In Erbil, the capital of Iraq’s semiautonomous Kurdish region, even locals admit that the summer heat is a kind you never really get used to. People go out only if they have to for work, sweating as the sun beats down through a pale blue sky. On the hottest days the breeze feels like a hairdryer blowing in your face.
But as the sun begins to set, the city comes to life. Families and children make their way out into the streets and the parks. Old men break out cards and dice, tea sets and shisha (water pipes are better known to Westerners as hookahs). Kebab and fruit stands appear on the sidewalks and in the streets.
As the darkness spreads, young people congregate. From street corners you can catch glimpses of young women applying their makeup. Soon enough, the streets get louder and more kinetic. Despite being situated in a deeply conservative — and sometimes volatile — region, this city of roughly 880,000 is known for its bars and nightclubs.
At White Erbil, a rooftop bar above a hotel overlooking the city, a DJ cranks M.O.P.’s “Ante Up” as patrons lounge around a pool. To enter, you first have to get past an armed security detail of men in black military-style uniforms adorned with Kurdish flags. On the roof, local club goers and Western aid workers down beers and cocktails as the pool glows and soft lights illuminate the space.
One of the Westerners is an Iraqi American woman who grew up in northern California after Saddam Hussein’s regime cracked down on southern Shia communities and turned her family into refugees. She returned to Iraq a year ago to work with Iraqis and Syrians displaced by the most recent waves of conflict. Dressed in a traditional Arab dress and drinking a gin and tonic, she’s debating whether a speakeasy could be successful in Erbil. Kurds and Arabs wouldn’t embrace a small, quiet nightlife space, she says, though she concedes that marketing it as an exclusive venue might draw interest. “Iraqis do love the VIP thing,” she says.
Then the lights go out and the music stops. Erbil’s power grid is a ramshackle patchwork of generators that frequently fail, especially during the summer. But after a quick laugh, patrons go on chatting and drinking as though nothing has happened.
“Welcome to Kurdistan,” a fellow patron says with a chuckle.
Iraqi Kurdistan is surrounded by countries and groups that oppose its autonomy and occasionally bomb its population. Its people have survived displacement and genocide. That gives every moment special meaning as they pursue life’s pleasures — both the simple and the forbidden.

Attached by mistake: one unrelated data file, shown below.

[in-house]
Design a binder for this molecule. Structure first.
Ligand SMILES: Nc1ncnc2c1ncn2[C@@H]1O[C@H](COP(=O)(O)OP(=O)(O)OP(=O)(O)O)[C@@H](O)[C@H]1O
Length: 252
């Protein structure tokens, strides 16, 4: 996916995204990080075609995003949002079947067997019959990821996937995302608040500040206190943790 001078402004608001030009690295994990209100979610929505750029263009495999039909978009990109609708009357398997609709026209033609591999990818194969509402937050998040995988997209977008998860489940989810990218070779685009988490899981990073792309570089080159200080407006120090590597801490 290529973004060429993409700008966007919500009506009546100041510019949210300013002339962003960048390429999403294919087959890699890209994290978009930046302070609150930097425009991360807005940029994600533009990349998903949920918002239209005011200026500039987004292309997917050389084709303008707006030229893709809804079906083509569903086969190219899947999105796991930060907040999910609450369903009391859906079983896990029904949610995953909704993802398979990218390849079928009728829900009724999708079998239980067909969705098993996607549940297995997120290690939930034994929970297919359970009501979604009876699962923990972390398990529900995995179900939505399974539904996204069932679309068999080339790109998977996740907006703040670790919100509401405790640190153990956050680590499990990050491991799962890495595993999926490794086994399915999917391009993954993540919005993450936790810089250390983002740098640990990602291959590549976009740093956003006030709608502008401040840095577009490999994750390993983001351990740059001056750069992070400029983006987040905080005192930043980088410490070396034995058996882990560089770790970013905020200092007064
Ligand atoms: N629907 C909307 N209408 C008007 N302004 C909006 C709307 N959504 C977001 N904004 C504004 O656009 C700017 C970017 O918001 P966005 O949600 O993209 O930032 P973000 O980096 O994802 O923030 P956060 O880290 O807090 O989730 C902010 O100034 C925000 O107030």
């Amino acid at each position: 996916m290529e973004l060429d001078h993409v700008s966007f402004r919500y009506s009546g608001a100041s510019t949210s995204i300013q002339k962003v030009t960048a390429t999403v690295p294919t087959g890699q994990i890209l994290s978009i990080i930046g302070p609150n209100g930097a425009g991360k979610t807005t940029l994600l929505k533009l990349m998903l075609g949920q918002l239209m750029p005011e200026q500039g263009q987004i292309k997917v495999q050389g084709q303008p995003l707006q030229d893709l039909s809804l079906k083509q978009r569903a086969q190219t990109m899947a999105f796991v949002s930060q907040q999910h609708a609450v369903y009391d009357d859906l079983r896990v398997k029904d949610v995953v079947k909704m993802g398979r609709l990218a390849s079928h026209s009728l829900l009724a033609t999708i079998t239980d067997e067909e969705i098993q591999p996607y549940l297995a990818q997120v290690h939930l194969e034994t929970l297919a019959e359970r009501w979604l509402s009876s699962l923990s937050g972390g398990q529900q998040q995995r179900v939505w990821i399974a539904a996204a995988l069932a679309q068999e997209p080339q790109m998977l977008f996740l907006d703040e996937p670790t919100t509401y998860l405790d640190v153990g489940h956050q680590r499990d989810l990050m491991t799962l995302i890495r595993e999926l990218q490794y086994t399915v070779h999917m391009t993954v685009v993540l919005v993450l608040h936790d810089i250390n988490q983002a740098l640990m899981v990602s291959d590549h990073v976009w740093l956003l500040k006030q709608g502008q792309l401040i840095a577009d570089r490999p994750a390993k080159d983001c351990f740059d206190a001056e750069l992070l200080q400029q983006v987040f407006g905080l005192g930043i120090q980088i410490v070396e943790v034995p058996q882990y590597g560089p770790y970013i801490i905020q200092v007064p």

When Western powers carved up borders in the modern Middle East after World War I, the Kurds were not a priority. Today as many as 45 million Kurdish people are spread across Iraq, Syria, Turkey, Iran and the sizable diaspora that exists in the West. They’re widely considered the world’s largest cultural and linguistic group without a country of its own.
A mountain people, the Kurds are mostly Sunni Muslims. With borders dividing them and few friends, they’ve faced repression from regional governments for generations. Their homeland’s topography has given them refuge from the armies that at various times have tried to kill or subjugate them — hence the Kurdish saying “No friends but the mountains.”
From the south, Saddam Hussein subjected the Kurds to genocidal campaigns that included what has been described as history’s largest chemical- weapons attack against a civilian population. Iraq’s Kurds have also fought among themselves: The brutal Kurdish civil war of the 1990s pitted the Kurdistan Democratic Party against the Patriotic Union of Kurdistan, the two dominant parties in the Kurdish government today. But the establishment of an American-led-military-enforced safe zone, increasing foreign investment and a booming oil industry all came together to allow Iraqi Kurdish cities to grow and prosper, resulting in a stability that has eluded other areas in the region.
This haven for its namesake population is surprisingly diverse: Kurds make up a firm majority in Kurdistan, but it’s also home to long-established communities of Arabs, Chaldean and Assyrian Christians, Turkmens and Yazidis — and more recently a hodgepodge of immigrant workers and expats.
Of the Kurdish cities that have flourished since the first Gulf War, perhaps none has grown as much as Erbil. It comprises several neighborhoods that serve as rough nerve centers for various groups — notably the Christian enclave of Ankawa — but the borders are fuzzy, and communities tend to intermingle and spread out. Iranians regularly cross the border for work and leisure, taking advantage of laws that allow them to drink and dress much less conservatively than at home.
In coffee shops and cafés, people sip tea and smoke shisha. Live music colors the evening air, a mix of traditional fare and more Westernized offerings that regularly overlap in beguiling ways. There are salsa nights, a jazz club, burgeoning rooftop bars and lots of outdoor patios designed for the hot summer nights. There are also fancy restaurants that cater to wining and-dining businessmen, diplomats and Western aid workers charging the bills to their organizations’ expense accounts.
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